I have often described Chile as the star of Latin America — outshining heavyweights Brazil and Mexico in one category after another.
What’s to like about Chile?
The Heritage Foundation’s Index of Economic Freedom ranks Chile as the most economically free country in South America. Chile is also noted for having the highest GDP per capita and the lowest corruption rates in Latin America.
Its debt-to-GDP ratio is only 6%, and it has already privatized its social security system!
The country has also been very smart and successful on social and market reforms, as Chile boasts a poverty rate of only 13%, down from 39% in 1990. During this same time period, per capita income has gone from $5,000 to $19,000.
Chile has a trade-to-GDP ratio that is the highest in the world, putting export powerhouse Germany to shame. Foreign investors are treated identically to domestic investors, and the country has the most modern transport network on the block.
The boom in commodity prices led to surging government revenues, but rather than spend, spend, spend, the surplus has been set aside in a rainy day fund that exceeds 10% of GDP.
This is all good stuff. But after reaching $80 in late 2011 and almost $70 in early 2013, the Chile iShares ETF (NYSE: ECH) has experienced a steady and painful slide, as you can see in this chart:
Pie Bakers vs. Pie Slicers
What went wrong?
First, 75% of Chile’s exports are raw materials, and copper alone provides one-third of government revenue, since the country is the world’s top producer and exporter. Tin, timber, fruit, and wine are just some of the other top exports.
Weakness in copper prices has certainly not helped the Chile ETF.
Second, Chilean politics seem to be unfortunately moving away from the pro-growth policies that have served its people so well over the last three decades.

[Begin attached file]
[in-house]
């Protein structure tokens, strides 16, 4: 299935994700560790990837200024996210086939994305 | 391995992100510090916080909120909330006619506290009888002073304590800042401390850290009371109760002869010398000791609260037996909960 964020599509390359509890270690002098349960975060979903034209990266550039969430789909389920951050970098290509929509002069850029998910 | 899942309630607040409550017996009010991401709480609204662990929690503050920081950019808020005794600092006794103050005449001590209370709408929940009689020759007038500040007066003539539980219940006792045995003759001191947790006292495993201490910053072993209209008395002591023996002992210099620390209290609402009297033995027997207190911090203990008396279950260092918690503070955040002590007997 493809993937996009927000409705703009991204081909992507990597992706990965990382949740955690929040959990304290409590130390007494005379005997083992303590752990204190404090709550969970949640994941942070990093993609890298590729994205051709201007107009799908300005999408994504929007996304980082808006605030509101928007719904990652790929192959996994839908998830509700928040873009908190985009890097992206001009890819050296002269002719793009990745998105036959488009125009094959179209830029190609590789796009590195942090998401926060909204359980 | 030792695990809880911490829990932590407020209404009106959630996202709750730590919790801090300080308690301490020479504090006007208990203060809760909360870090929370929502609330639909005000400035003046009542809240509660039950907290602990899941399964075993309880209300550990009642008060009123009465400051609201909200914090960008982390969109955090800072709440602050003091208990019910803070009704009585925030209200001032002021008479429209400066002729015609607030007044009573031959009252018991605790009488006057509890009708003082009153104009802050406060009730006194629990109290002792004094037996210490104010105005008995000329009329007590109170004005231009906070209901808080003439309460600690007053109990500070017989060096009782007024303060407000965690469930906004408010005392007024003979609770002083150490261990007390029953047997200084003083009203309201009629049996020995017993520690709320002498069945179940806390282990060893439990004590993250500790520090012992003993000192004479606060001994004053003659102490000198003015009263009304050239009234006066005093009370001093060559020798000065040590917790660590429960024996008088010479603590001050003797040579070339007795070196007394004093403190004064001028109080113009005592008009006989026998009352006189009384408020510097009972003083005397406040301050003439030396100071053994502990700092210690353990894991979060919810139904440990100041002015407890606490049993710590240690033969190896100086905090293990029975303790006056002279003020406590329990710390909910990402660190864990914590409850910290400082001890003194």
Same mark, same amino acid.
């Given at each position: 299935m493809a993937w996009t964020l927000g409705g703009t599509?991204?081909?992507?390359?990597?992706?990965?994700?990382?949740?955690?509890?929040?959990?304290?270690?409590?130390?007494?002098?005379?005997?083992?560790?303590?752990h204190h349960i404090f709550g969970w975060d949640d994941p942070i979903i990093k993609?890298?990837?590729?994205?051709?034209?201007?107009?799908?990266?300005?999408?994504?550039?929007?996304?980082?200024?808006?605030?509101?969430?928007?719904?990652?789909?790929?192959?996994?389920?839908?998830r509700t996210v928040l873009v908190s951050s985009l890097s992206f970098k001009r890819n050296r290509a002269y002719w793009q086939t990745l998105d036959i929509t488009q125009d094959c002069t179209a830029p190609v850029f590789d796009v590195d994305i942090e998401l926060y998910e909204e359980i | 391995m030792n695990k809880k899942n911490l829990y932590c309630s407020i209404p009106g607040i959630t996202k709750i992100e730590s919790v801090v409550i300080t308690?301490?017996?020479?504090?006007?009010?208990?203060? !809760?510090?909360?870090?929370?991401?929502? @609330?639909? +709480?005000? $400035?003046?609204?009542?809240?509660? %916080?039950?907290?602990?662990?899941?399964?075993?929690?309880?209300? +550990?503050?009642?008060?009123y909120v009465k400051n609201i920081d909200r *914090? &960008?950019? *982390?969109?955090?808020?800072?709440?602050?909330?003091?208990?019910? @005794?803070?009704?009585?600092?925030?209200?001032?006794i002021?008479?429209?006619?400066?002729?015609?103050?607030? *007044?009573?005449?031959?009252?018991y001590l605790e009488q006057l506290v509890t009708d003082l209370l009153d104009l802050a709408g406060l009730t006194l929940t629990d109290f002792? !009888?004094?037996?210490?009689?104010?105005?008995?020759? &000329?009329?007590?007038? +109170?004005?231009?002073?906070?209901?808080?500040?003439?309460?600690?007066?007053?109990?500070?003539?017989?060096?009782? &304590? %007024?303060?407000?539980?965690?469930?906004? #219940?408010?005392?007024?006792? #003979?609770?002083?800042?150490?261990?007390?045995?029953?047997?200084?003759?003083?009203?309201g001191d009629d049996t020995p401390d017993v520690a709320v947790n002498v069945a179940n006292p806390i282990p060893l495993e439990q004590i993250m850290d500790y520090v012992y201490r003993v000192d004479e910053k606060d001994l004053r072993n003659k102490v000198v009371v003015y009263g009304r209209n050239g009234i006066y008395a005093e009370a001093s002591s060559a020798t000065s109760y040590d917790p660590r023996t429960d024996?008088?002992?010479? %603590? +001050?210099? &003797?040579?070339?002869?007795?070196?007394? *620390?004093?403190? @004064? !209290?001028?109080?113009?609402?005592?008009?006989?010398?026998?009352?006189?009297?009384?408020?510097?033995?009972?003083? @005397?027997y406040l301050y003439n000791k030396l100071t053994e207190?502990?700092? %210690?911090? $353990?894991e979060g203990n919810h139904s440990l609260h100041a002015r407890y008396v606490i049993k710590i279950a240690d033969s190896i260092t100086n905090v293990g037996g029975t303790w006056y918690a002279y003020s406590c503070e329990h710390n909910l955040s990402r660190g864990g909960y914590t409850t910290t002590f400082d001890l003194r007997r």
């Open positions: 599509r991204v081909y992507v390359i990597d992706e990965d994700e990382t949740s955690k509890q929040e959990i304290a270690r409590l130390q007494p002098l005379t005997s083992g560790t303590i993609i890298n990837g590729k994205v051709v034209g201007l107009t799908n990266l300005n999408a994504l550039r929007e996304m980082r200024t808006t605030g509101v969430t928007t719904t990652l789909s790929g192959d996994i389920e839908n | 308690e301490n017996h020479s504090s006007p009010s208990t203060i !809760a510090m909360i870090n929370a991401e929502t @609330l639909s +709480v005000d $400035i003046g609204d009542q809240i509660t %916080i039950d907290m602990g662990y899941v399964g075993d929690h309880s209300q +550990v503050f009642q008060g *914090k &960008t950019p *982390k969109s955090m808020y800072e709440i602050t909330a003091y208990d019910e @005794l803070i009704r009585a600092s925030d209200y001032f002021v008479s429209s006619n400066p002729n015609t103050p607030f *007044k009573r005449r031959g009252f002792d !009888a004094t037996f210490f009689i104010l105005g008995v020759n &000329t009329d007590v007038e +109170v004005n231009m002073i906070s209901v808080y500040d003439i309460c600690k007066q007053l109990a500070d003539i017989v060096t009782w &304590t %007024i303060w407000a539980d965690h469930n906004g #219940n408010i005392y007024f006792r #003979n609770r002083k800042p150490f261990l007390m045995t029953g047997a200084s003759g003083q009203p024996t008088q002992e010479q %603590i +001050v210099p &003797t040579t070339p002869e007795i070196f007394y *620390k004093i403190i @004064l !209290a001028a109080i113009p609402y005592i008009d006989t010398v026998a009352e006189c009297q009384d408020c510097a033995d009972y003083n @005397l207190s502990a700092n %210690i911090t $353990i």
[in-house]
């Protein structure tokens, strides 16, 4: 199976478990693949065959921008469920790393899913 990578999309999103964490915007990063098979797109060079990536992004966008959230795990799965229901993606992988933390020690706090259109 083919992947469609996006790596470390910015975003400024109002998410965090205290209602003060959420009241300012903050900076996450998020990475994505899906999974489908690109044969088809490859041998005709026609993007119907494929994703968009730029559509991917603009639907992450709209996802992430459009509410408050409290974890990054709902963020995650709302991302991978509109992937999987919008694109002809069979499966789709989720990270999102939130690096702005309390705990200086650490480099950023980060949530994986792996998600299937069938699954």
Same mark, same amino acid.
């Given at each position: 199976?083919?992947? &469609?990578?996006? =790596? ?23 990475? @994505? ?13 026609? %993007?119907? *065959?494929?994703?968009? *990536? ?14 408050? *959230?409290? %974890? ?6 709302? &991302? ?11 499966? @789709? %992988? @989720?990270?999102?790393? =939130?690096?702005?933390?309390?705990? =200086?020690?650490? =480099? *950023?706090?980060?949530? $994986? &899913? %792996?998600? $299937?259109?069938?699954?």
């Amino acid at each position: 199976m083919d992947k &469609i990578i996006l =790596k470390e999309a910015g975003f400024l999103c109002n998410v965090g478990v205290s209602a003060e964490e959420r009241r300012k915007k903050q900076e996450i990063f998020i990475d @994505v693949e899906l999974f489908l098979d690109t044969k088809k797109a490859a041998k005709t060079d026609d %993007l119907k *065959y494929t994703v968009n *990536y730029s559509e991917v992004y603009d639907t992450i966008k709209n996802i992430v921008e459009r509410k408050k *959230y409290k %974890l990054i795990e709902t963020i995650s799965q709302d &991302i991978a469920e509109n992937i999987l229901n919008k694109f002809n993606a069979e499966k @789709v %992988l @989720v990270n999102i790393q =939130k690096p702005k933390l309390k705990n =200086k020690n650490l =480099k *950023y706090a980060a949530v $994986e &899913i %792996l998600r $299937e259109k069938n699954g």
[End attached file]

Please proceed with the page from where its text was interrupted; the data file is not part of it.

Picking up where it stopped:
When you think about it, there are really only two kinds of politicians: pie bakers and pie slicers. Pie bakers always focus on making the economic pie bigger for everyone through a pro-growth, pro-market agenda that leads to high economic growth. This means pursuing policies that treat capital well. Low tax rates on investment come at the top of the list.
On the other hand, pie slicers are obsessed with the distribution of income wealth even at the cost of making the economic pie smaller.
Unfortunately for Chile, the newly formed government of President Michelle Bachelet is decidedly made up of wrongheaded pie slicers. The tax measure it recently sent to its Congress is a recipe for low growth.
It raises the corporate tax rate from 20% to 35% and kills a key provision that has allowed companies to delay paying some taxes on earnings if they are reinvested.
This provision has played a key role in Chile’s rise, and eliminating it would be a major setback. After all, deploying earnings into new capital equipment, software, and infrastructure is the secret to the virtuous cycle of productivity and growth.
While opposition to these policies is growing, how can we take advantage of the pullback in the Chilean stock market?
Driving from Copper to Lithium
Much of Chile’s commodity future is squarely based around lithium and the country’s largest global producer, Chemical & Mining Co. of Chile (NYSE: SQM) — even though only a small percentage of the company’s overall revenue is derived from sales of this commodity.
The group has about a 30% global market share of lithium derivatives used for electric vehicle (EV) lithium-ion batteries. Currently, hybrid car batteries use nickel-metal hydride (NiMH), which are very heavy and not as efficient as lithium batteries.
The problem facing the battery industry is that it has yet to develop a way to mass-produce lithium batteries at the scale the automobile industry requires. Once this happens, global carmakers will shift to the lighter lithium batteries in order to boost vehicle (and SQM?) performance.
Finally, I can’t leave you without a play on Chile’s fine wines, thought by many to be the best in the world. Vina Concha y Toro S.A. (NYSE: VCO) is the country’s largest wine producer.
Now is the time to put a dash of value Chilean stocks in your portfolio.
Until next time,
Carl Delfeld for Wealth Daily